The Virtual Legal Assistant
The Virtual Legal Assistant was first introduced in the virtual world of commerce in 2006 by Aretha Gaskin, a legal professional in New York City. She saw an immediate need to address the immense workload attorneys get when handling cases and came up with an enterprising idea to provide virtual support services to several of New York’s biggest law firms. Within a few years, the Virtual Legal Assistant became a growing segment in the virtual assistance industry.
An Important Component of the Legal Team
It wasn’t a long time ago that virtual assistants were hired primarily for secretarial duties and personal assistant services. But as technology brought economies together and business became global, the demand for virtual assistants with more varied skill sets and competencies increased. Virtual assistants were suddenly hired to conduct more specialized work in the fields of accounting, telemarketing and information technology and healthcare among others. It was only a matter of time for the legal profession to require the services of the virtual assistant.
How does a Virtual Legal Assistant benefit an attorney and the law firm?
- Manage non-essential tasks– An attorney goes through several documents when preparing for a case. These documents need to be organized and filed properly for easy access. Attorneys also go through several sources of information to build up the law firm’s position on a client’s case. An attorney needs to work on developing the strategy for the law firm’s client. He or she cannot afford to be compromised because a case file or piece of evidence was misplaced. The Virtual Legal Assistant or VLA has the experience and competence to organize all documents efficiently. The VLA does not necessarily need to have experience in the legal field. A prerequisite however, is the ability to accurately organize and index files.
- Provide accurate transcription work– Attorneys usually record court proceedings and depositions. An attorney also records interviews with clients, witnesses and other individuals pertinent to the case. Sometimes law firms hire courtside reporters to record hearings and have these submitted to them for transcription. The task of transcribing audio to text format is very time-consuming. A one-hour clear audio recording with only one speaker will take four hours to transcribe. If the audio quality is not good and there are multiple speakers, transcription time may take six to eight hours. For poor quality audio where there are multiple speakers and background noise, a one hour recording may take 24 to 48 hours. Transcriptions need to be available on time but more important these have to be done accurately. A VLA with background in transcription work can get this done accurately and within the required turnaround time.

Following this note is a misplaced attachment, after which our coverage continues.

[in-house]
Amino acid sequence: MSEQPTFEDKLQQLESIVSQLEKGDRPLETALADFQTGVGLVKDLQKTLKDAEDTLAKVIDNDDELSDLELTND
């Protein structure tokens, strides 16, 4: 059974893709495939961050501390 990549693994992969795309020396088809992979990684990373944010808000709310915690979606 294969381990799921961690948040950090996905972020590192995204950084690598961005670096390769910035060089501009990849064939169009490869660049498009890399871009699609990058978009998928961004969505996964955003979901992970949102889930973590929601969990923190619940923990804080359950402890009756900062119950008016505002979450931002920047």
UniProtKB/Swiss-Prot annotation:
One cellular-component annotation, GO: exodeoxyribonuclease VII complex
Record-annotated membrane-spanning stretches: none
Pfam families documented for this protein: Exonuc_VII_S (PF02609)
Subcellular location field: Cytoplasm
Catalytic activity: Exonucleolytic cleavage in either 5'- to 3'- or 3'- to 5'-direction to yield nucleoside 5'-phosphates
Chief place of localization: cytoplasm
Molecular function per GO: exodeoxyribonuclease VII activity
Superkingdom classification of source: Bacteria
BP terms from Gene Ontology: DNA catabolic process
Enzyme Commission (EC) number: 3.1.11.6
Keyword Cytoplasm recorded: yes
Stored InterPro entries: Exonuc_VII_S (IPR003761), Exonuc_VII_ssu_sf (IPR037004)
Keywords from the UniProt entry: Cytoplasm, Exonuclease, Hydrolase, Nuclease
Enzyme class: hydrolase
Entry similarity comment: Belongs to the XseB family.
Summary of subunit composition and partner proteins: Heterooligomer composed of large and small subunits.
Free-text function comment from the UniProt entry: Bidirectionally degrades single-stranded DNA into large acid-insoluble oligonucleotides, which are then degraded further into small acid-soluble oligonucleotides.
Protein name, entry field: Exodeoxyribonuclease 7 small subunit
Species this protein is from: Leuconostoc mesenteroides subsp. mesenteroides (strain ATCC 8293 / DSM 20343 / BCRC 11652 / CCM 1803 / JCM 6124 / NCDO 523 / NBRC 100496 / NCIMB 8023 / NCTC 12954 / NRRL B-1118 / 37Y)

- Increase productivity– A VLA is not a full-time employee. He or she is basically a freelancer and can accept work from other clients. Unless otherwise specified in the contract, a VLA will probably allocate only four hours per client per day depending on the workload. A law firm can hire more than one VLA and designate specific tasks to each one. The law firm also has the option to hire VLA’s from another country where there a time zone differential exists and instruct them to cover tasks after close of regular office hours. These tasks may include organizing files, transcription or receiving calls from clients. By using VLA’s, a law firm can get more work done and assure all concerns are attended to even after close of business.
- Lower operating costs– Hiring a VLA is a cost effective option compared to hiring a regular office employee. A VLA is paid on a fixed rate per hour and only for the productive hours worked. A regular office employee is paid a basic salary plus government mandated and company benefits. The estimated cost of a regular employee is twice the basic salary once benefits are factored in.
Considering the stakes involved in handling a case, hiring a VLA is necessary for keeping the legal team on course.